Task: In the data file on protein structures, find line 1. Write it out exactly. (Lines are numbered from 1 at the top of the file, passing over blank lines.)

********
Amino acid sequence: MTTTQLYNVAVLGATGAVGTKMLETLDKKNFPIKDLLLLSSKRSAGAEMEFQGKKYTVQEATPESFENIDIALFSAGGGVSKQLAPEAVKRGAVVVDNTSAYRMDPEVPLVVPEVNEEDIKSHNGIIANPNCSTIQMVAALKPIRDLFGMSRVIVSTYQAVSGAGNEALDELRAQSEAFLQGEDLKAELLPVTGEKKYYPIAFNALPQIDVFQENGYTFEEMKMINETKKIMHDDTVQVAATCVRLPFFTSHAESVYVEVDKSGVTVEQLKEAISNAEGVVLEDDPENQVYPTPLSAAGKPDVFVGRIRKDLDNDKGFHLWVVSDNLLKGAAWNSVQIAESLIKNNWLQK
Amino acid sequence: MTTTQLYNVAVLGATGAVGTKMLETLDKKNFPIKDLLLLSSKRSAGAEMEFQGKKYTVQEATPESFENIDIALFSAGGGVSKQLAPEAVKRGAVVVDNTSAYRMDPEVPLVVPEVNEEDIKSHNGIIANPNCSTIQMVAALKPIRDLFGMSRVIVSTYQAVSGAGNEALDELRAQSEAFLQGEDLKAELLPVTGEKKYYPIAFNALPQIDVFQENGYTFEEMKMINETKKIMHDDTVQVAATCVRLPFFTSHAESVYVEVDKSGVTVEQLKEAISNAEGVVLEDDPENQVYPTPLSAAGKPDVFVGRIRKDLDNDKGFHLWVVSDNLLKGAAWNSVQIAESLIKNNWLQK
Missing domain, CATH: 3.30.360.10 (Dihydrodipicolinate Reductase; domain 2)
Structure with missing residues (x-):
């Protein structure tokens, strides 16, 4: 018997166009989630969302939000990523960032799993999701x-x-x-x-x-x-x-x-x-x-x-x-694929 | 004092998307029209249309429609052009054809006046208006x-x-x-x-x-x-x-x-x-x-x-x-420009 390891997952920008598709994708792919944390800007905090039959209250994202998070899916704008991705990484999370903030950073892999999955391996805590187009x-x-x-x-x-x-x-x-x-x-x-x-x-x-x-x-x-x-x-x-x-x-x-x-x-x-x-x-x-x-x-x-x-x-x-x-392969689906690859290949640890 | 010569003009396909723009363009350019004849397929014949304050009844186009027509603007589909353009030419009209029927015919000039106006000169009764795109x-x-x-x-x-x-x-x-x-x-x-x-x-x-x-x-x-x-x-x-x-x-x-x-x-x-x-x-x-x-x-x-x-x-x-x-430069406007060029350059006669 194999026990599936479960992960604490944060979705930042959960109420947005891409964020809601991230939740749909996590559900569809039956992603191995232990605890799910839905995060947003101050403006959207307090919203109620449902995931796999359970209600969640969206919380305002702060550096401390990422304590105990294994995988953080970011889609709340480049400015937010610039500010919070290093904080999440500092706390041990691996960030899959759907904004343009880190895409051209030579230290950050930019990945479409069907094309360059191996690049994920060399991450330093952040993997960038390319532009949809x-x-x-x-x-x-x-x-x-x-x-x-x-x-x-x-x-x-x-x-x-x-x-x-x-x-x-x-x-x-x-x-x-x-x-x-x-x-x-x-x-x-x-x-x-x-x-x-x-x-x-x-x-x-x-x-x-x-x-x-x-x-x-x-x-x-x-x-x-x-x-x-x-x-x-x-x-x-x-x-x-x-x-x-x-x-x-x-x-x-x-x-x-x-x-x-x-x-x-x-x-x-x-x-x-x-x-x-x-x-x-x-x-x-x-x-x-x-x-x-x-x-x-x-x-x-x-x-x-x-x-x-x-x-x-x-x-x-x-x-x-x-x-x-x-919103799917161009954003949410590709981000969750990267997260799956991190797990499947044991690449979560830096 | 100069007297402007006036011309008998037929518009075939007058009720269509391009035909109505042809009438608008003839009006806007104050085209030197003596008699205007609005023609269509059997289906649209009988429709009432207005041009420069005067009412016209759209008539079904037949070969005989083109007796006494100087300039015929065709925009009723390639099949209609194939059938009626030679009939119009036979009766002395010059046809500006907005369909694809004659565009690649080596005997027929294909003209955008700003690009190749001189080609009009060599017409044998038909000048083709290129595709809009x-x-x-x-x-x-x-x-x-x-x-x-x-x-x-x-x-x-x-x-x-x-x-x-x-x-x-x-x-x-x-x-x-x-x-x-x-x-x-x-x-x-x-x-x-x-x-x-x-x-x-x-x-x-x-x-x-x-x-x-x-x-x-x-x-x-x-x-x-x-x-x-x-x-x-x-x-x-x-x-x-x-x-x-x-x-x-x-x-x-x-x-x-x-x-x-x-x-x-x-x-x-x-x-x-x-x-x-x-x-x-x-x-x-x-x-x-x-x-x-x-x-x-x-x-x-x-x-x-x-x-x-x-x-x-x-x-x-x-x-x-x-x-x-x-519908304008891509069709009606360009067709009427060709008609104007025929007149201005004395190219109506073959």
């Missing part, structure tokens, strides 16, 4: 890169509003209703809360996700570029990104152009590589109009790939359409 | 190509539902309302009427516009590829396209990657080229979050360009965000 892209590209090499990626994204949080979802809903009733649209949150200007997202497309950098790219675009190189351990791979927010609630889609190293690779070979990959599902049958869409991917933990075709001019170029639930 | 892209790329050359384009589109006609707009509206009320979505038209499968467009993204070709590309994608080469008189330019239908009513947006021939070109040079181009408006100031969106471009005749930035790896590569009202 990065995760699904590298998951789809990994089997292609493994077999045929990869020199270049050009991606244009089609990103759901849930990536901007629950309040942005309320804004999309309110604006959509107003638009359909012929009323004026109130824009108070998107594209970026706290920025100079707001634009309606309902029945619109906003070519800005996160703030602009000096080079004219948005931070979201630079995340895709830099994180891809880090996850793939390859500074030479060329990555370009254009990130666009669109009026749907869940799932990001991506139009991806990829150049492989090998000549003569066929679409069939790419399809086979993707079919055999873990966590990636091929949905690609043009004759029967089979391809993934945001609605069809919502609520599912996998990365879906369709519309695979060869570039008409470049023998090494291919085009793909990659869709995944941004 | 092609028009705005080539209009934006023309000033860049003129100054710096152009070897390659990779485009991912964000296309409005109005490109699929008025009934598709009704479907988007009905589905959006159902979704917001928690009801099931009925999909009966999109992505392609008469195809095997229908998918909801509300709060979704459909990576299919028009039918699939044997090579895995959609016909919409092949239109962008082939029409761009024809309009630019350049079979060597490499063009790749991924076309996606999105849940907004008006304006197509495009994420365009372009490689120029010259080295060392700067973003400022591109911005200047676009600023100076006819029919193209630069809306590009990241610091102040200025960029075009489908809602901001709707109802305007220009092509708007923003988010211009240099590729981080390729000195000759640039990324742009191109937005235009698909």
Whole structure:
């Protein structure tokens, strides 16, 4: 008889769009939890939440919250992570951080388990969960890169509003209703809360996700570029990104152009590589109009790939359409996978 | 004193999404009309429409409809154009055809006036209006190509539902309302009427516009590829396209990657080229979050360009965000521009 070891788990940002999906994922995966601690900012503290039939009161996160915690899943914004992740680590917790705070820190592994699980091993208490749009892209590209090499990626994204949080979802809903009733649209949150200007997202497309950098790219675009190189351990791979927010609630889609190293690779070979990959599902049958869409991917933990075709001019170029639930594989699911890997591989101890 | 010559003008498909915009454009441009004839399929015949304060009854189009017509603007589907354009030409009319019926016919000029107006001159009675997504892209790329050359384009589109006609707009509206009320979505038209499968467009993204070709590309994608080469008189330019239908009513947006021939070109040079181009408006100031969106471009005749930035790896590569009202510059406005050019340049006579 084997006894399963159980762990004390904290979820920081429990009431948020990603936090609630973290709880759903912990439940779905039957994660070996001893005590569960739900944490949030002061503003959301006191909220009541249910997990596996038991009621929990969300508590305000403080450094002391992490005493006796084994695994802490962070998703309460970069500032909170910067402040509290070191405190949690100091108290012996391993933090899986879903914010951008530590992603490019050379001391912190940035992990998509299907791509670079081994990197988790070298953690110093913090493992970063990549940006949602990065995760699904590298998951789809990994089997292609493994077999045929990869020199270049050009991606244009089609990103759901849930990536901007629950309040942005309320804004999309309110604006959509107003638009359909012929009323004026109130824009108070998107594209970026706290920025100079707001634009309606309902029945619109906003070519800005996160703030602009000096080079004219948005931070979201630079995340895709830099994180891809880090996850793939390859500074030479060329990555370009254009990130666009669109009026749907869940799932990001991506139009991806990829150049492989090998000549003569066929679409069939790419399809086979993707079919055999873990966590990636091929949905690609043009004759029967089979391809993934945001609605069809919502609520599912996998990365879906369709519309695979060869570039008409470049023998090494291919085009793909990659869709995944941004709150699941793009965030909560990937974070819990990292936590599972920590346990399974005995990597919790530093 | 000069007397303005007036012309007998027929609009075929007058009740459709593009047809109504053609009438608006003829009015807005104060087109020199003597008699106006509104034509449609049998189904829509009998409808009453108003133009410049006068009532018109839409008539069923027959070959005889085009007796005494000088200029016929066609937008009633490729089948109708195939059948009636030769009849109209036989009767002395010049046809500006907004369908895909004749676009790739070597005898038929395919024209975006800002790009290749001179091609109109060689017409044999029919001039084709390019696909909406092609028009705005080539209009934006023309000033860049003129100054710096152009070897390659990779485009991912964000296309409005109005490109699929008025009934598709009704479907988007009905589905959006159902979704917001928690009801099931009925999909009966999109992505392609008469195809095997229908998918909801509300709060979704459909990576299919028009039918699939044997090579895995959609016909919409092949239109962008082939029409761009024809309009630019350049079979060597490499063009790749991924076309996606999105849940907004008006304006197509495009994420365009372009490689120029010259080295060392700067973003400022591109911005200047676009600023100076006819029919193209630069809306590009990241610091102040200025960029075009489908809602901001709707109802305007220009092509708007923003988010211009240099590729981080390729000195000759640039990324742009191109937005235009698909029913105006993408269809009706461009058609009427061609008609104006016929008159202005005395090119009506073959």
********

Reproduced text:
Amino acid sequence: MTTTQLYNVAVLGATGAVGTKMLETLDKKNFPIKDLLLLSSKRSAGAEMEFQGKKYTVQEATPESFENIDIALFSAGGGVSKQLAPEAVKRGAVVVDNTSAYRMDPEVPLVVPEVNEEDIKSHNGIIANPNCSTIQMVAALKPIRDLFGMSRVIVSTYQAVSGAGNEALDELRAQSEAFLQGEDLKAELLPVTGEKKYYPIAFNALPQIDVFQENGYTFEEMKMINETKKIMHDDTVQVAATCVRLPFFTSHAESVYVEVDKSGVTVEQLKEAISNAEGVVLEDDPENQVYPTPLSAAGKPDVFVGRIRKDLDNDKGFHLWVVSDNLLKGAAWNSVQIAESLIKNNWLQK